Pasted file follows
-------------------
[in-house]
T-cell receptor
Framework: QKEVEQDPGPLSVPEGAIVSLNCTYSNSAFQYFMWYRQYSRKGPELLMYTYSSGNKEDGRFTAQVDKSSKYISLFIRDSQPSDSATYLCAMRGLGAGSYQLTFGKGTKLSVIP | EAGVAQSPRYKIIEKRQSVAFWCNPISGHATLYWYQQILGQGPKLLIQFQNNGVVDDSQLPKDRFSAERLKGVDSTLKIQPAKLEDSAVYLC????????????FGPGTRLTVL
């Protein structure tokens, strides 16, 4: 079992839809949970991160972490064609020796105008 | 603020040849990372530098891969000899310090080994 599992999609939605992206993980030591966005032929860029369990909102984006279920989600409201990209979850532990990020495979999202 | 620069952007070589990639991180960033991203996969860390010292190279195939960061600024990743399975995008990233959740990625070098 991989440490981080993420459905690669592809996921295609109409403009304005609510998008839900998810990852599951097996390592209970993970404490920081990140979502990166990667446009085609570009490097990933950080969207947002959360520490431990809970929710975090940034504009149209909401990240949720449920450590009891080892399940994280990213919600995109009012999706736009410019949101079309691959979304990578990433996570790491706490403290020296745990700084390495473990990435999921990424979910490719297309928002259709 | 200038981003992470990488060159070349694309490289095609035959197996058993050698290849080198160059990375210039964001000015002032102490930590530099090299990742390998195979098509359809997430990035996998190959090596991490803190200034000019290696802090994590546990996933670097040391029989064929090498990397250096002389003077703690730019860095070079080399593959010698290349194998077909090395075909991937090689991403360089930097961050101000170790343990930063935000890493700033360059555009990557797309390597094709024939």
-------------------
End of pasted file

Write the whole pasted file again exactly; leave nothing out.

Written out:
[in-house]
T-cell receptor
Framework: QKEVEQDPGPLSVPEGAIVSLNCTYSNSAFQYFMWYRQYSRKGPELLMYTYSSGNKEDGRFTAQVDKSSKYISLFIRDSQPSDSATYLCAMRGLGAGSYQLTFGKGTKLSVIP | EAGVAQSPRYKIIEKRQSVAFWCNPISGHATLYWYQQILGQGPKLLIQFQNNGVVDDSQLPKDRFSAERLKGVDSTLKIQPAKLEDSAVYLC????????????FGPGTRLTVL
């Protein structure tokens, strides 16, 4: 079992839809949970991160972490064609020796105008 | 603020040849990372530098891969000899310090080994 599992999609939605992206993980030591966005032929860029369990909102984006279920989600409201990209979850532990990020495979999202 | 620069952007070589990639991180960033991203996969860390010292190279195939960061600024990743399975995008990233959740990625070098 991989440490981080993420459905690669592809996921295609109409403009304005609510998008839900998810990852599951097996390592209970993970404490920081990140979502990166990667446009085609570009490097990933950080969207947002959360520490431990809970929710975090940034504009149209909401990240949720449920450590009891080892399940994280990213919600995109009012999706736009410019949101079309691959979304990578990433996570790491706490403290020296745990700084390495473990990435999921990424979910490719297309928002259709 | 200038981003992470990488060159070349694309490289095609035959197996058993050698290849080198160059990375210039964001000015002032102490930590530099090299990742390998195979098509359809997430990035996998190959090596991490803190200034000019290696802090994590546990996933670097040391029989064929090498990397250096002389003077703690730019860095070079080399593959010698290349194998077909090395075909991937090689991403360089930097961050101000170790343990930063935000890493700033360059555009990557797309390597094709024939």